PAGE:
February 18th 2015
How do you put monetary value on a partitioned collection of art?
A recent decision by the Appeals Court 5th Circuit in the case of Elkins V. the IRS may shed some light on this question and give art collectors and their estate planners an answer to the question above.
Many people, especially those with a large amount of wealth, work with an estate planning attorney to ensure that their estates are properly structured and that upon their death, their wishes are followed.
It is more difficult to assign a value to an art collection than to quantifiable assets such as real property or bank accounts, especially when the art is divided among beneficiaries. This gives some creative license in how discounts and taxes may be applied as can be seen in the Elkins case.
By the time James A. Elkins Jr. and his wife, Margaret Keith Wise died (Mr. Elkins in 2006 and his wife a few years earlier) they had left behind an impressive art collection estimated at $25 million. The Elkins had been diligent in implementing and maintaining a strong estate plan using many tools such as a Grantor Retained Interest Trust (GRIT), an irrevocable trust where the grantor transfers asset to the trust but still retains the right to receive income from the trust for a certain number of years.
The Elkins also split their art into two groups of which they gave their three children partial shares. By the time of their death, Mr. Elkin and his wife owned 50% interest in one group consisting of three works of art by Henry Moore, Picasso and Pollock, and 73% interest in the second group made up of the remaining 61 works. This allowed them to reduce their estate tax obligations or so they thought.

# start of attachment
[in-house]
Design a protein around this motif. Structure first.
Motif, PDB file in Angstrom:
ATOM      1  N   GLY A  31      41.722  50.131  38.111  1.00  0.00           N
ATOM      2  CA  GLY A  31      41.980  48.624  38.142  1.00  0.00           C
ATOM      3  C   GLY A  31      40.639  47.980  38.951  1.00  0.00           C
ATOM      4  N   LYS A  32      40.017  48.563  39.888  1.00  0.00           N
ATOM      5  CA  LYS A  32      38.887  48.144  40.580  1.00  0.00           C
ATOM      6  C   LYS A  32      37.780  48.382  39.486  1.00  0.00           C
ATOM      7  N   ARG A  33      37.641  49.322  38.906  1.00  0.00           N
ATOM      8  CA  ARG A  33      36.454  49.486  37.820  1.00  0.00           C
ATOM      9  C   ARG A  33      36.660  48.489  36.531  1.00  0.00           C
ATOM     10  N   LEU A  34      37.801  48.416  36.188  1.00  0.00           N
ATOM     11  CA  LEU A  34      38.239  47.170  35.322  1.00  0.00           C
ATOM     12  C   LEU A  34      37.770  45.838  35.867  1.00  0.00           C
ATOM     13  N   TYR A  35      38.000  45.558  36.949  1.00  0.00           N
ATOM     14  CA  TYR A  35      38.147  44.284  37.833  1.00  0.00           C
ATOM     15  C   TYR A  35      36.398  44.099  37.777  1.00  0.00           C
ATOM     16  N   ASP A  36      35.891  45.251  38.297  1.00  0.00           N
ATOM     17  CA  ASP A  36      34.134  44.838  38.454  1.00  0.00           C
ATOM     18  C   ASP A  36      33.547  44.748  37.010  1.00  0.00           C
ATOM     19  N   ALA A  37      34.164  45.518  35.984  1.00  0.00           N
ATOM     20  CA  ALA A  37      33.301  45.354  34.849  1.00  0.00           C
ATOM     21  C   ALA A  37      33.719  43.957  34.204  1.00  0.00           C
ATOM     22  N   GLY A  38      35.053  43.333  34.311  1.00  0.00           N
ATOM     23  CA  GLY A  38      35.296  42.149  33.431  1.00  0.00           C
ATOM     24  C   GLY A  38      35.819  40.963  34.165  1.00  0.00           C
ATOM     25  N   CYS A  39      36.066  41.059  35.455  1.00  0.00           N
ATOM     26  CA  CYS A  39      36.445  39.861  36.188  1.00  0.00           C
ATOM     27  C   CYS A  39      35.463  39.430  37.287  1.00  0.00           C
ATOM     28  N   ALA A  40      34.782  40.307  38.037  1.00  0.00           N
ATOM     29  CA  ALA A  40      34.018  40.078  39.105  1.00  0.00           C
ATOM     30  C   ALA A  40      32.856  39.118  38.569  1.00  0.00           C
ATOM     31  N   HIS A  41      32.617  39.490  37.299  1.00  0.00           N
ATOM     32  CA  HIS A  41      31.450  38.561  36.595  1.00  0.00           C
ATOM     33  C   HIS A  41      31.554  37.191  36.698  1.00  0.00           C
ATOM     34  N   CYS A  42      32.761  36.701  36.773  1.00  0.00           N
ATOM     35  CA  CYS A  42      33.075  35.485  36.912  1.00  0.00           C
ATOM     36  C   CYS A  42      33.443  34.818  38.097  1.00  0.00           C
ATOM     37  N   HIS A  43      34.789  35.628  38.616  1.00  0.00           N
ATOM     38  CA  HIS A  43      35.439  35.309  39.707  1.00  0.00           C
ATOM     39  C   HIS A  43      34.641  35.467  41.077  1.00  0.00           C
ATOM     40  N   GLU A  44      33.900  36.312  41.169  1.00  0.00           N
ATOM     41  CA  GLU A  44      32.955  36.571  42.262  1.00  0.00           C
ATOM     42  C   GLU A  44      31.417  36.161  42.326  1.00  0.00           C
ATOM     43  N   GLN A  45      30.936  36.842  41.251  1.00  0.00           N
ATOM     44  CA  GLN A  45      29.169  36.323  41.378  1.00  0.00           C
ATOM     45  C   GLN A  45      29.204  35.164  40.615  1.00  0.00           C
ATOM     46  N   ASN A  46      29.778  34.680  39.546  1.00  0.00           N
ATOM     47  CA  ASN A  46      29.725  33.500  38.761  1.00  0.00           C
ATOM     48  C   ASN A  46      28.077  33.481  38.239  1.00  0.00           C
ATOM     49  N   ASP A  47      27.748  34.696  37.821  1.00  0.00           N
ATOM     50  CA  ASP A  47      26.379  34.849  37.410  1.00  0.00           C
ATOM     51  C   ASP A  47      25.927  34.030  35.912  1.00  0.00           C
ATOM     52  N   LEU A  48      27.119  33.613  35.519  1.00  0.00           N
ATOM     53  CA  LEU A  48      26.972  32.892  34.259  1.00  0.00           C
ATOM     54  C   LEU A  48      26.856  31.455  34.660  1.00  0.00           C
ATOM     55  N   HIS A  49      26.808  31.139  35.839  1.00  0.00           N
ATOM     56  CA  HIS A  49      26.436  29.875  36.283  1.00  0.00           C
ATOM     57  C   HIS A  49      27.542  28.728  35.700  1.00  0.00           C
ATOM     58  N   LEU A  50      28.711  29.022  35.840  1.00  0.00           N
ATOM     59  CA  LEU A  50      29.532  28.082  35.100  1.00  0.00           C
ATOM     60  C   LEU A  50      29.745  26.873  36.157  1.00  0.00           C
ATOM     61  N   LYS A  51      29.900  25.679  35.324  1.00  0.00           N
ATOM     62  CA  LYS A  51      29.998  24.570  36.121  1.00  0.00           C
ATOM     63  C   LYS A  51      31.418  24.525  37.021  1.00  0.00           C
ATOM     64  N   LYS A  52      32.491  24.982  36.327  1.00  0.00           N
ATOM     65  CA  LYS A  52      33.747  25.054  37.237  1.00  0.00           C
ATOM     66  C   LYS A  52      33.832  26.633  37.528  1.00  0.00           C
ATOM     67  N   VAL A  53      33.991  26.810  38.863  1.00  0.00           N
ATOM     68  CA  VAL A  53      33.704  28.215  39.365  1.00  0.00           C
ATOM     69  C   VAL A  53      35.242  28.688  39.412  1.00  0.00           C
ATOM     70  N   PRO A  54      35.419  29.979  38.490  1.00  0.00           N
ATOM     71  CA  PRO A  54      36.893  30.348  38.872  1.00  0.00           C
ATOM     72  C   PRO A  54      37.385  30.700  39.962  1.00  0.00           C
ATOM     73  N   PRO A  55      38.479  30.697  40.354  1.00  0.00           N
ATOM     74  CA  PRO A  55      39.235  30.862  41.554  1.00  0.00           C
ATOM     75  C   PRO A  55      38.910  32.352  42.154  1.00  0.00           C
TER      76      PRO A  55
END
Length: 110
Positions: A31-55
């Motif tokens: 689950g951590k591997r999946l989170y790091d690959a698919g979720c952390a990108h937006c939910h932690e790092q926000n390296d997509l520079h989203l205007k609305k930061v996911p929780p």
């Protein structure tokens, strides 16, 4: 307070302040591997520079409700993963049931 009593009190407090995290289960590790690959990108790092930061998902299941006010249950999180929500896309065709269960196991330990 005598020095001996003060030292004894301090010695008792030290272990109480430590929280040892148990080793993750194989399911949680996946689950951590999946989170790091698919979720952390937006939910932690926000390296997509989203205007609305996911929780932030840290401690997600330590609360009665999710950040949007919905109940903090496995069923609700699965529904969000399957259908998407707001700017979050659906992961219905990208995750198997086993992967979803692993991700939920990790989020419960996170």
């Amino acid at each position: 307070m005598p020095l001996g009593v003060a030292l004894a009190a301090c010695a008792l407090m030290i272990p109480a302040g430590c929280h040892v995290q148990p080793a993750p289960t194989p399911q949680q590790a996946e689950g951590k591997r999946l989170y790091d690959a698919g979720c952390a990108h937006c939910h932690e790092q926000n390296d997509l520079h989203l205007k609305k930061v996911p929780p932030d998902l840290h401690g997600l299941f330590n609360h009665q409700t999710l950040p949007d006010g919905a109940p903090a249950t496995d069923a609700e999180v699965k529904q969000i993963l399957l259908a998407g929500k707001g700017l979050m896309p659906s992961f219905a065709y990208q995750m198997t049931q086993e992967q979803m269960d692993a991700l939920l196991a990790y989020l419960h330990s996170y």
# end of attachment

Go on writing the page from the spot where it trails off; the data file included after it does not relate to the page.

The issue in this case was how to assign a value to a partitioned art collection. The IRS claimed that because the collection had been partitioned there was no way to estimate market value therefore there should be no discount. Despite the evidence and experts brought in by the Elkins, and the lack of evidence by the IRS, the Tax Court sided with the IRS and assigned a meager 10% discount to the collection.
The Elkins contested the verdict and the case was taken to the Appeals Court 5th Circuit where, in a victory for all art collectors, the court increased the 10% discount to a 47.5% discount resulting in a refund of $14.4 million.
We work with many clients faced with this dilemma. We continue to monitor this and similar cases to tailor the best estate planning strategies for art collectors.